LCD screens have often shown some backlight non-uniformity (called mura), because an LCD panel can let the backlight leak through more in certain spots than in others. Normally, this appears as an uneven cloudiness that usually can be seen only when the screen image is dark or completely black. But as TVs get ever thinner, we've seen a new problem that can cause even more noticeable type of non-uniformity, which, at its worst, can be distracting even in bright scenes.
For several years, both plasma and, especially, LCD TVs with LED backlights have been getting thinner and thinner as bezels and frames shrink, resulting in aesthetically pleasing, super-slim, borderless TVs. The new type of non-uniformity is caused by the LCD panel getting pinched and contorted by the cabinet assembly and producing bright patches of illumination, typically around the borders of the panel.
A bright patch often appears only in the corners of the display as a faint "spotlight" effect and is only really noticeable during very dark scenes or when you're watching a movie with black bars on the top and bottom of the image. But our lab testers have seen this issue getting worse. At times, even large sections of the screen look noticeably brighter then the rest.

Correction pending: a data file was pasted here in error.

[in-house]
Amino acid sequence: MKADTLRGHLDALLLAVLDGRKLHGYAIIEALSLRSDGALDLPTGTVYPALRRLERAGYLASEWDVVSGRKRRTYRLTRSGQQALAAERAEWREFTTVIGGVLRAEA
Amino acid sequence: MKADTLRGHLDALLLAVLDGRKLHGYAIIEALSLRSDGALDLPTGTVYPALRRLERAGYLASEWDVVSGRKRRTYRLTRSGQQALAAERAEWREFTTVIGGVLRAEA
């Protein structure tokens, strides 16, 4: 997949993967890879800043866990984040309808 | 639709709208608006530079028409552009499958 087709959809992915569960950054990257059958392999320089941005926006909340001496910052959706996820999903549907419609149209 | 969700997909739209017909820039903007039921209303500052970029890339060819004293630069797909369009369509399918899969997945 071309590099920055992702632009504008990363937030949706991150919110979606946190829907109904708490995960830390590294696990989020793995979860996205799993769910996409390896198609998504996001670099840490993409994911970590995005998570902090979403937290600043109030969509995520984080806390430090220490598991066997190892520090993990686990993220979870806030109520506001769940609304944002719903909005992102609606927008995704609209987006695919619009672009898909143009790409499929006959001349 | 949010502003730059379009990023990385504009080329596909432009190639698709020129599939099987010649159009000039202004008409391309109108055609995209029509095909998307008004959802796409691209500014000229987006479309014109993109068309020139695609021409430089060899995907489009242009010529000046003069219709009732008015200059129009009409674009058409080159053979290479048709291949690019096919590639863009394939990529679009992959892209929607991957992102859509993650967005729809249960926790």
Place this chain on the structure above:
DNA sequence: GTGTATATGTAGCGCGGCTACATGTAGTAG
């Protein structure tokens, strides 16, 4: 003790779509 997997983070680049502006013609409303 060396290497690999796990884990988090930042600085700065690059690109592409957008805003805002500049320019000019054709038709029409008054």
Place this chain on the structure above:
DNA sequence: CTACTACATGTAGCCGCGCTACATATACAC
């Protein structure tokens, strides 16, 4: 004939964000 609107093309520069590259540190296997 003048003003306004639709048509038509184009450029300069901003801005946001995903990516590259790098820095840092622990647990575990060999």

The other problem with non-uniformity is how inconsistent it can be. The intensity and number of bright spots can vary substantially between different samples of the same TV, since the effect depends on how the individual model was assembled. This makes it difficult to predict how a given TV will look.
So when you bring home your new LCD TV, especially a slim one with LED backlighting, be sure to play some dark-scene content or pause on a black frame between commercials or during credits to see if your TV has any cloudiness or bright patches. If you're distracted by them, you may want to exchange it for another TV.
Our buying guide and Ratings for TVs will help you find the right model for your needs and budget.